This is an old school type museum, housed in an old railway shed. It’s cluttered with farm machinery, formaldehyde animals in jars, souvenirs from around the world dating from the 1920s and even a nineteenth century steam engine complete with carriage. Brilliant!
Two nights in Esperance then we moved on to the Cape Le Grande National Park. Driving over there the scenery was beautiful, a few low peaks rose up from the landscape, one had a ‘window’ at the top: Frenchman’s Peak.
The coast was incredibly turquoise, deeper than I’d seen anywhere.
The following morning we climbed Frenchman’s peak, it was a steep old climb on basically a big lump of smooth granite and I found it hard going, tiring. My heart was thumping by the time we reached a big open cave near the top. A little more climbing took us to nature’s window: another open cave with spectacular views of the turquoise coves below.
We rewarded our efforts with fish and chips back in Esperance before filling the tank and hitting the road again.
A few kilometres out of town we spotted a dog wandering lost along the edge of the highway. It was a gorgeous golden retriever.
We pulled over and he came to us excitedly, he was so friendly. We decided to put him in the car and try to find where he’d come from.
Opening the back door he hopped in without prompting and curled up on the back seat!
We drove to a nearby house and enquired but they didn’t recognise him, and told us to contact the ranger in town.
Back in Esperance we took him – we named him Michael – to the police station, where they called the ranger.
We sat and fussed him in the car while we waited, I wished we could have kept him, he was in such good condition with a lovely collar, just no id tag. I’m sure he must belong to someone who was probably fretting.
The last we saw of him was him jumping happily into the back of the rangers van. Good luck little Michael, good luck!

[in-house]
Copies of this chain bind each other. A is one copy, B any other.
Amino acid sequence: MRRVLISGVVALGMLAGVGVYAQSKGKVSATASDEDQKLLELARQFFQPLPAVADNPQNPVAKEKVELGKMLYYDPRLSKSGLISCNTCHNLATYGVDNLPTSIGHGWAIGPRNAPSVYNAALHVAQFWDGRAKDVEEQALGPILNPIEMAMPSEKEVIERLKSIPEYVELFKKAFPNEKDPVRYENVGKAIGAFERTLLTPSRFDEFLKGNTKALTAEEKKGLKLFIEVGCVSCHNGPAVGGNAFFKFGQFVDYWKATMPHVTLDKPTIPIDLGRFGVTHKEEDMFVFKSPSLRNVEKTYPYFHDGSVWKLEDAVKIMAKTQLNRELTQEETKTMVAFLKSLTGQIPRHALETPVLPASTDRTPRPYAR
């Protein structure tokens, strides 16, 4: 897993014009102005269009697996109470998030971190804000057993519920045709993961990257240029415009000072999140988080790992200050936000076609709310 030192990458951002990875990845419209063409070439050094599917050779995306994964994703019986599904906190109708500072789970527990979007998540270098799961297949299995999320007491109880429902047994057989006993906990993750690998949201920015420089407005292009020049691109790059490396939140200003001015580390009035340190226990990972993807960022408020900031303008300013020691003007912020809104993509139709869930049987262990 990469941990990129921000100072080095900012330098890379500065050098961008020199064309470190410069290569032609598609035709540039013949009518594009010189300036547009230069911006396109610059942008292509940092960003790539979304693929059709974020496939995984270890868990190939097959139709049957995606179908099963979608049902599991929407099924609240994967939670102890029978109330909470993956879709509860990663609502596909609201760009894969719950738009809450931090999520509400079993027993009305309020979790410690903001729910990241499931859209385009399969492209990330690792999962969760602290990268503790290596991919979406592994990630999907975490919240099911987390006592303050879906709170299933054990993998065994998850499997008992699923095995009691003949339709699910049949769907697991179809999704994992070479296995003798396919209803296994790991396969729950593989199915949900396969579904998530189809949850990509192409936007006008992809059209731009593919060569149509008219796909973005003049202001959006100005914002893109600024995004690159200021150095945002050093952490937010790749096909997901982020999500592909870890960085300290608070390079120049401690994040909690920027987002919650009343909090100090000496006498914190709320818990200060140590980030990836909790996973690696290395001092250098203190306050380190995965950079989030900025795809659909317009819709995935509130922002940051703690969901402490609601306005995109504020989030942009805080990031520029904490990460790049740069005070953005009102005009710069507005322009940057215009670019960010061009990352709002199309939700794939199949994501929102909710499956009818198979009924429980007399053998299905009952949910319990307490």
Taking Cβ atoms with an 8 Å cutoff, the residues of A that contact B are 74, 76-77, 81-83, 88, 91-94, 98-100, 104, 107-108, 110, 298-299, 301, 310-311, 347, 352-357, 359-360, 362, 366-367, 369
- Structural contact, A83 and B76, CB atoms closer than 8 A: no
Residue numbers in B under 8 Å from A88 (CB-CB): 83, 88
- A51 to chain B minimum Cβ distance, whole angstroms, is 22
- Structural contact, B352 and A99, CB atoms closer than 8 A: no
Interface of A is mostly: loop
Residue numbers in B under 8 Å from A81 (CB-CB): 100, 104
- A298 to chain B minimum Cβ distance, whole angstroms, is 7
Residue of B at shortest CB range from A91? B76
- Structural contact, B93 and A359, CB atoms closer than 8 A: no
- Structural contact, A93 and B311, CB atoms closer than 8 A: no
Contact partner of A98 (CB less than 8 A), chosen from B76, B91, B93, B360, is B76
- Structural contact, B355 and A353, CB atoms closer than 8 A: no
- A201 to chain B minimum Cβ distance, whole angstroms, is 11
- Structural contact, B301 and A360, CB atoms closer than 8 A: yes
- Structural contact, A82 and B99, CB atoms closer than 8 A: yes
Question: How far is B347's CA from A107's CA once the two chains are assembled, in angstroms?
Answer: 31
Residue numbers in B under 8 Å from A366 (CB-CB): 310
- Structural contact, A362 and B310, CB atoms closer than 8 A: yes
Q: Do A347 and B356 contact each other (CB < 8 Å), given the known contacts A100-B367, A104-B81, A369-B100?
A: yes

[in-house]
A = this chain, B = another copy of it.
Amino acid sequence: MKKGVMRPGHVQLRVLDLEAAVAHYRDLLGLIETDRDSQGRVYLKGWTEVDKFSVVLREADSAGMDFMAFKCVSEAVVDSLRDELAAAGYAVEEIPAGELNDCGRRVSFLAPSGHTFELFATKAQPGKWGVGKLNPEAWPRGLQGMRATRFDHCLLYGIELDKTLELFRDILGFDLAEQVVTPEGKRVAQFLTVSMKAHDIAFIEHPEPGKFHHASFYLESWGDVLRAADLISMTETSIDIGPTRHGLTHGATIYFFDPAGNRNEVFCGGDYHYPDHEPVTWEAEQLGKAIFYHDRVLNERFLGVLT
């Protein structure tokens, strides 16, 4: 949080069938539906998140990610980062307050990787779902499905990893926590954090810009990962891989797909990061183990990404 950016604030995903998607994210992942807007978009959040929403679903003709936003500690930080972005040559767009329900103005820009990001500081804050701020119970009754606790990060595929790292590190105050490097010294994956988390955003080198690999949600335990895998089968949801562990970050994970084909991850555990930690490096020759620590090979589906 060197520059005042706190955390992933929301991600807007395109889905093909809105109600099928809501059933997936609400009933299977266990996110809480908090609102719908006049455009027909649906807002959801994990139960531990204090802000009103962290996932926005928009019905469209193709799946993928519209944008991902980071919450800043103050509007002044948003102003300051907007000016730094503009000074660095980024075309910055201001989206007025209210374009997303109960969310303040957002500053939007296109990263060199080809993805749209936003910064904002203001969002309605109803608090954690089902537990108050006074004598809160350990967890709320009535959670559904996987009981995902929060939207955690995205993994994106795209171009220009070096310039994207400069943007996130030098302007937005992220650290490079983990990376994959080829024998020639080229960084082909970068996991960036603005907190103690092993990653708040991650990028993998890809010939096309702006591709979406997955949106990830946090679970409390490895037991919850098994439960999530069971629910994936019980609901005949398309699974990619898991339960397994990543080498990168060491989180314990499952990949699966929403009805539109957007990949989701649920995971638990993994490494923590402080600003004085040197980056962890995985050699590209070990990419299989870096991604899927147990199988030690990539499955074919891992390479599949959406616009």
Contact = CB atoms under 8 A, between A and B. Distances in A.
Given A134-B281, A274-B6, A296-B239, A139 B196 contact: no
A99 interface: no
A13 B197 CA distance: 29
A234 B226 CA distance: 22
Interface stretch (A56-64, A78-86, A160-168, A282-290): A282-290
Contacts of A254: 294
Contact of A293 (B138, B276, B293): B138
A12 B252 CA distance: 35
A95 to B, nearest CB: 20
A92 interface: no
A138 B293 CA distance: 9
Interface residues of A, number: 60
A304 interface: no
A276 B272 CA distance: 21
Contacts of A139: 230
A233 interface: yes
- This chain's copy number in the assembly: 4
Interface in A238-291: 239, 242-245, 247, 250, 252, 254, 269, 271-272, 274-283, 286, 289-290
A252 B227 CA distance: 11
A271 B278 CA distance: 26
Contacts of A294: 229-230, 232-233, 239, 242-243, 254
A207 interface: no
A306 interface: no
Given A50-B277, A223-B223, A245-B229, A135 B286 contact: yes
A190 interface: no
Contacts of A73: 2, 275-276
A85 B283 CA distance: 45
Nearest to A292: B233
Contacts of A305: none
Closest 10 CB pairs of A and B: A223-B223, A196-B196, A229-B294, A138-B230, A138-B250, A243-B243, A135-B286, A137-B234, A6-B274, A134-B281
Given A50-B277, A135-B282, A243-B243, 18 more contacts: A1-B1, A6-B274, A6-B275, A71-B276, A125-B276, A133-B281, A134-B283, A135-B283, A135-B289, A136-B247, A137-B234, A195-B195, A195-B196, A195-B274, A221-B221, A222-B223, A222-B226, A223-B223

Two hundred kilometres took us to Norseman for the night, to a bleak but clean caravan park then we set off the next morning along the Eyre Highway to cross the Nullarbor.
Just turning onto the highway the car stalled, Chad momentarily lost power. Chris restarted him and he was fine, but it was a little worrying. The next stretch of driving was to be the least populated of the trip: it wouldn’t do to break down on the Nullarbor.
The Nullarbor is a vast treeless plain with half in Western Australia and the other in South Australia, a raised limestone sea bed – in fact it is the world’s largest single piece of limestone – and the highway skirts the bottom of the plain, next to the ocean for much of it.
From Norseman to Ceduna in Southern Australia it is 1200 km of road, over a sparsely featured landscape dotted with the occasional road house.
I was prepared for tedium but actually the route was far from featureless. I found the vista to subtly change as we moved through it and there were tourist spots en route to break up the journey.
It took us one and a quarter hours to drive the ’90 mile straight’, which is rather a long stretch of the road to drive without bend or turn.
Nearby we stopped to see a blow hole: a metre wide circular hole that blew cold air up from caves below, it was a bit eerie.
Continuing on to Madura, admiring the vast views over the plain we eventually ended the day’s driving at a free campsite – Moodini Bluff – some 30 kms on from Madura.
Moodini Bluff gets the unfortunate prize for having the worst bush toilets of our trip. Someone must have emptied their chemical motorhome loo into it and it reeked to high heaven.